Millions of years ago, the world was a lot different. The long-necked Diplacusis roamed this volcano-laden landscape. Thanks to its really long neck and tail, Diplacusis was so large that it was afraid of no predator.
Actually, Diplodocus is the long-necked dinosaur from the Jurassic Period. Diplacusis is a hearing affliction that causes you to hear two sounds instead of one.
Diplacusis is an affliction which can be challenging and confusing resulting in difficulty with communication.
Perhaps your hearing has been a little weird lately
Typically, we regard hearing loss as our hearing getting muted or quiet over time. According to this notion, over time, we just hear less and less. But there are some other, not so well recognized, types of hearing loss. One of the most fascinating (or, perhaps, frustrating) such manifestations is a condition called diplacusis.
Diplacusis, what is it?
So, what is diplacusis? Diplacusis is a medical term that means, pretty simply, “double hearing”. Normally, your brain takes signals from your right ear and signals from the left ear and joins them harmoniously into one sound. This combined sound is what you hear. Your eyes are doing the same thing. If you place a hand on your right eye and then a hand over your left eye, you see slightly different images, right? Normally, with your ears, you won’t even notice it.
Diplacusis occurs when the hearing abilities of your ears differ so significantly that your brain can no longer combine them, at least not well. You can develop diplacusis because of the hearing loss in one ear (called monaural diplacusis) or both ears (binaural diplacusis).
Diplacusis comes in two types
Different individuals are affected in different ways by diplacuses. However, there are usually two basic forms of diplacusis:
- Diplacusis echoica: This occurs when the pitch is mostly the same from ear to ear, but because of your hearing loss, the timing is all wonky. Artifacts like echoes can be the outcome. This can also cause difficulty in terms of understanding speech.
- Diplacusis dysharmonica: This type of diplacusis happens when the pitch of the right ear and the pitch of the left ear seem off. So when your grandchildren speak with you, the pitch of their voice will sound distorted. One side might sound high-pitched and the other low-pitched. This can make those sounds hard to make out.
The symptoms of diplacusis can include:
- Hearing that sounds off (in timing).
- Phantom echoes
- Off pitch hearing
Having said that, it’s helpful to think of diplacusis as similar to double vision: Yes, it can produce some symptoms on its own, but it’s usually itself a symptom of something else. (It’s the effect, essentially, not the cause.) Diplacusis, in these cases, is probably a symptom of hearing loss. So your best strategy would be to Schedule an appointment with us for a hearing exam.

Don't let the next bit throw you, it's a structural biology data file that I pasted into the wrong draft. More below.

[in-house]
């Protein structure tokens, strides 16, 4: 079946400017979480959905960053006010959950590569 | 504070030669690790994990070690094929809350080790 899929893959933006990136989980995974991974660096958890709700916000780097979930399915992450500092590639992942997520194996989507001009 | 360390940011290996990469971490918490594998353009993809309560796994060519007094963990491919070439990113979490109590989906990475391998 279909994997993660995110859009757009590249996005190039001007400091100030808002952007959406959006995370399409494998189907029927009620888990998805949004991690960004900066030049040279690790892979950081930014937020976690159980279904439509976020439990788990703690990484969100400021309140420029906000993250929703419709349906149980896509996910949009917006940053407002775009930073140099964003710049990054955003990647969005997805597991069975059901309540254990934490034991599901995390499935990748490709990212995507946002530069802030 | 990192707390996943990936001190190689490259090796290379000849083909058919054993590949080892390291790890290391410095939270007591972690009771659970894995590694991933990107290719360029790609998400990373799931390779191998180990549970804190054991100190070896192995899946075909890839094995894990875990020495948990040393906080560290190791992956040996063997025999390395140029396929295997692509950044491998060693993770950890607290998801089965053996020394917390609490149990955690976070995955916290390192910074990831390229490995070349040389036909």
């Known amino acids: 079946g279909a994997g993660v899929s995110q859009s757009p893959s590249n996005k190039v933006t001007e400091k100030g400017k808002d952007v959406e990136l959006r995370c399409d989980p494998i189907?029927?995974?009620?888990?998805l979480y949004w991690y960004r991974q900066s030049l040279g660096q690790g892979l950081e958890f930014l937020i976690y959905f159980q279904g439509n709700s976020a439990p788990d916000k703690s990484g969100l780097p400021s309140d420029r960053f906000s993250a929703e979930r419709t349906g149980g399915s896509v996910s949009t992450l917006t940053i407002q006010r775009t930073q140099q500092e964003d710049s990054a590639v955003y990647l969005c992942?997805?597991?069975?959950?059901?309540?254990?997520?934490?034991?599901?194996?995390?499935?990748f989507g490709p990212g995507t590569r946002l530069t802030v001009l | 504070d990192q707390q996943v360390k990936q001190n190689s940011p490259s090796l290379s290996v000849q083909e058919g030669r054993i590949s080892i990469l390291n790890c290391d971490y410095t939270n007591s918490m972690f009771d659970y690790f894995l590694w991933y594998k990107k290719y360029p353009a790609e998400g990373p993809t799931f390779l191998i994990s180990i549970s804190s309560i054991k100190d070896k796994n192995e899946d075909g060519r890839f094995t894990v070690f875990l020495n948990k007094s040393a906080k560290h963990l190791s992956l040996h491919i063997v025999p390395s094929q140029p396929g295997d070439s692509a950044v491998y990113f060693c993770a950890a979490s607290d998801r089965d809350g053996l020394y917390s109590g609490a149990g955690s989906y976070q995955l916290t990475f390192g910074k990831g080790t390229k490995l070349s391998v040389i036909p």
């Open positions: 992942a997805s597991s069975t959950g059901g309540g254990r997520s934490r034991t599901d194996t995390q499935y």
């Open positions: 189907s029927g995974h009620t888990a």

What causes diplacusis?
The causes of diplacusis line up rather well, in a general sense, with the causes of hearing loss. But you could develop diplacusis for a number of specific reasons:
- Earwax: In some circumstances, an earwax obstruction can interfere with your ability to hear. Whether that earwax forms a partial or full blockage, it can cause diplacusis.
- An infection: Ear infections, sinus infections, or even just plain old allergies can cause your ear canal to become inflamed. This inflammation is a typical immune response, but it can impact how sound waves travel into your inner ear (and subsequently your brain).
- Your ears have damage caused by noise: If you’ve experienced hearing loss due to noise damage, it’s possible that it could cause diplacusis.
- A tumor: In some really rare situations, tumors in your ear canal can lead to diplacusis. But stay calm! In most instances they’re benign. Nevertheless, it’s something you should speak with your hearing specialist about!
It’s clear that there are a number of the same causes of hearing loss and diplacusis. This means that if you’re experiencing diplacusis, it’s likely that something is impeding your ability to hear. Which means you have a good reason to visit a hearing specialist.
Treatments for diplacusis
The treatments for diplacusis differ based on the underlying cause. If your condition is caused by a blockage, such as earwax, then treatment will concentrate on the removal of that blockage. However, diplacusis is frequently due to irreversible sensorineural hearing loss. Here are a few treatment options if that’s the situation:
- Hearing aids: The correct set of hearing aids can equalize how your ears hear again. This means that the symptoms of diplacusis will likely fade. It’s essential to get the correct settings on your hearing aids and you’ll want to have us assist you with that.
- Cochlear implant: A cochlear implant might be the only way of dealing with diplacusis if the root cause is profound hearing loss.
All of this begins with a hearing assessment. Here’s how you can think about it: a hearing test will be able to identify what kind of hearing loss is at the root of your diplacusis (maybe you just think things sound weird at this point and you don’t even recognize it as diplacusis). We have really sensitive hearing tests nowadays and any discrepancies with how your ears are hearing the world will be found.
Life is more fun when you can hear well
Getting the appropriate treatment for your diplacusis, whether that’s a hearing aid or something else, means you’ll be more able to participate in your daily life. It will be easier to carry on conversations. Keeping up with your family will be easier.
So there will be no diplacusis symptoms getting in the way of your ability to hear your grandkids telling you all about the Diplodocus.
If you think you have diplacusis and want to have it checked, call today for an appointment.